A petition has been filed in the Supreme Court alleging inaction on the part of the Uttar Pradesh government in implementing an order passed by the Allahabad High Court in 2015 directing public servants, including top bureaucrats, to send their wards to state-run primary schools.
In an attempt to draw the attention of the apathetic authorities to the sub-standard state of the primary government schools in the State, the High Court had, in August, 2015, directed Uttar Pradesh Chief Secretary to ensure that children/wards of government officials/servants, those serving in the local bodies, representatives of people and judiciary, etc., send their wards to these schools.
“Only then would they be serious enough to look into the requirements of these schools and ensure that they are run in good condition,” Justice Sudhir Agarwal had asserted.
The court had further ordered that “if a child is sent to a private school not maintained by the UP Board,” an amount equivalent to that paid in the form of fees by the erring officials or elected representatives “shall be deposited in state exchequer every month so long as such education in other kind of primary school is continued”.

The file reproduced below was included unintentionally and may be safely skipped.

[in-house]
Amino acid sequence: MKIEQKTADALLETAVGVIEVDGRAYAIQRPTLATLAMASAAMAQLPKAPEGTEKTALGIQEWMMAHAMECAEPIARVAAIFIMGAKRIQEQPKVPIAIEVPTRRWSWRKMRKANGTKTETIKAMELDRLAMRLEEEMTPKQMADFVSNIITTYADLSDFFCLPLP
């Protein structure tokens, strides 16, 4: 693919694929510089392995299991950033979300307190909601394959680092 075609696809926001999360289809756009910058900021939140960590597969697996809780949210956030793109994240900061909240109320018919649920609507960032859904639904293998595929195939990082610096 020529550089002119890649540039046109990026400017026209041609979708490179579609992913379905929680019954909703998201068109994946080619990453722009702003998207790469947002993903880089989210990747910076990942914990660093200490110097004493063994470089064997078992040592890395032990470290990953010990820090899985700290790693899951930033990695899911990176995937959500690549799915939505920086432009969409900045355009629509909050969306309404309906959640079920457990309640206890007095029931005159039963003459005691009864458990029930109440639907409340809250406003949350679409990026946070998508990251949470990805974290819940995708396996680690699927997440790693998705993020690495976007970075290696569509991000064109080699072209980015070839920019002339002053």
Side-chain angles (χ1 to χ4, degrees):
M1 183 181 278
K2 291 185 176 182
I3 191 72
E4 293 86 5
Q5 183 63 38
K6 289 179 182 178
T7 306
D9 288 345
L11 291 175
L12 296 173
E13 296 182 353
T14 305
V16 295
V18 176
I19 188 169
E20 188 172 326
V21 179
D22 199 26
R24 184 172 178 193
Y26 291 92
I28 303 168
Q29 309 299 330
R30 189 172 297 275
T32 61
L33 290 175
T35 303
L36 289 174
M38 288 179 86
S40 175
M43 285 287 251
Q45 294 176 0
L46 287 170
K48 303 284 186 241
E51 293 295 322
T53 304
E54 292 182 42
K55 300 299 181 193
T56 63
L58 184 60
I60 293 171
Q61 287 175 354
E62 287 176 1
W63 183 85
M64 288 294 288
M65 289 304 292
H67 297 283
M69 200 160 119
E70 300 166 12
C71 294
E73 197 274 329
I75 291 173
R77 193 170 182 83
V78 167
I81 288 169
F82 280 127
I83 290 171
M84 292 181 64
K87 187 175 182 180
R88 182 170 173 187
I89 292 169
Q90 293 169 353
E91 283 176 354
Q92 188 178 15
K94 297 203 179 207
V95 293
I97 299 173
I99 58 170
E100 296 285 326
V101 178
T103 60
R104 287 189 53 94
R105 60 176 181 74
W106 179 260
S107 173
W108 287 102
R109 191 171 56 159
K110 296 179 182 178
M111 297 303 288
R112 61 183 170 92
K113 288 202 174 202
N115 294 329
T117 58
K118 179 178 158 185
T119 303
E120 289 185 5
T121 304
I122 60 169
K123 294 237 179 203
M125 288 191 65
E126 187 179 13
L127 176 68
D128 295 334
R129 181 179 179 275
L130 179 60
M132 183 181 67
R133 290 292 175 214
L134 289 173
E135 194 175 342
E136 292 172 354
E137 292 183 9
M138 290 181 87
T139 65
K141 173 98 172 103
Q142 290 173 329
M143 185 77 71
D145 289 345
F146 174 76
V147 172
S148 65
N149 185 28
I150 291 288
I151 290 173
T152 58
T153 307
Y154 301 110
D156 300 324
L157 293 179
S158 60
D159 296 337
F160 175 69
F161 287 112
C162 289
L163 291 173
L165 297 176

The Chief Secretary had in fact been directed to take steps within six months so as to make the directions effective from the next academic session of the primary schools. He was also directed to submit a compliance report immediately after the lapse of six months.
However, the Allahabad High Court had recently refused to initiate contempt proceedings in view of non-compliance of the order.
The petition filed in the Apex Court by Advocate Shiv Kumar Tripathi now submits that such non-implementation is affecting the interest of the children as the primary schools run by the Basic Education Board of Uttar Pradesh have long been victims of “maladministration and rampant corruption”.
"The interest of the common man is suffering for non-implementation of the said judgment as the administration of these schools is being seriously affected and maladministered due to lack of adequate attention being paid by the bureaucrats and political functionaries,” the petition reportedly says.
It further points out that three years have elapsed since the judgment, resulting in loss of funds which could have been used for development of these schools.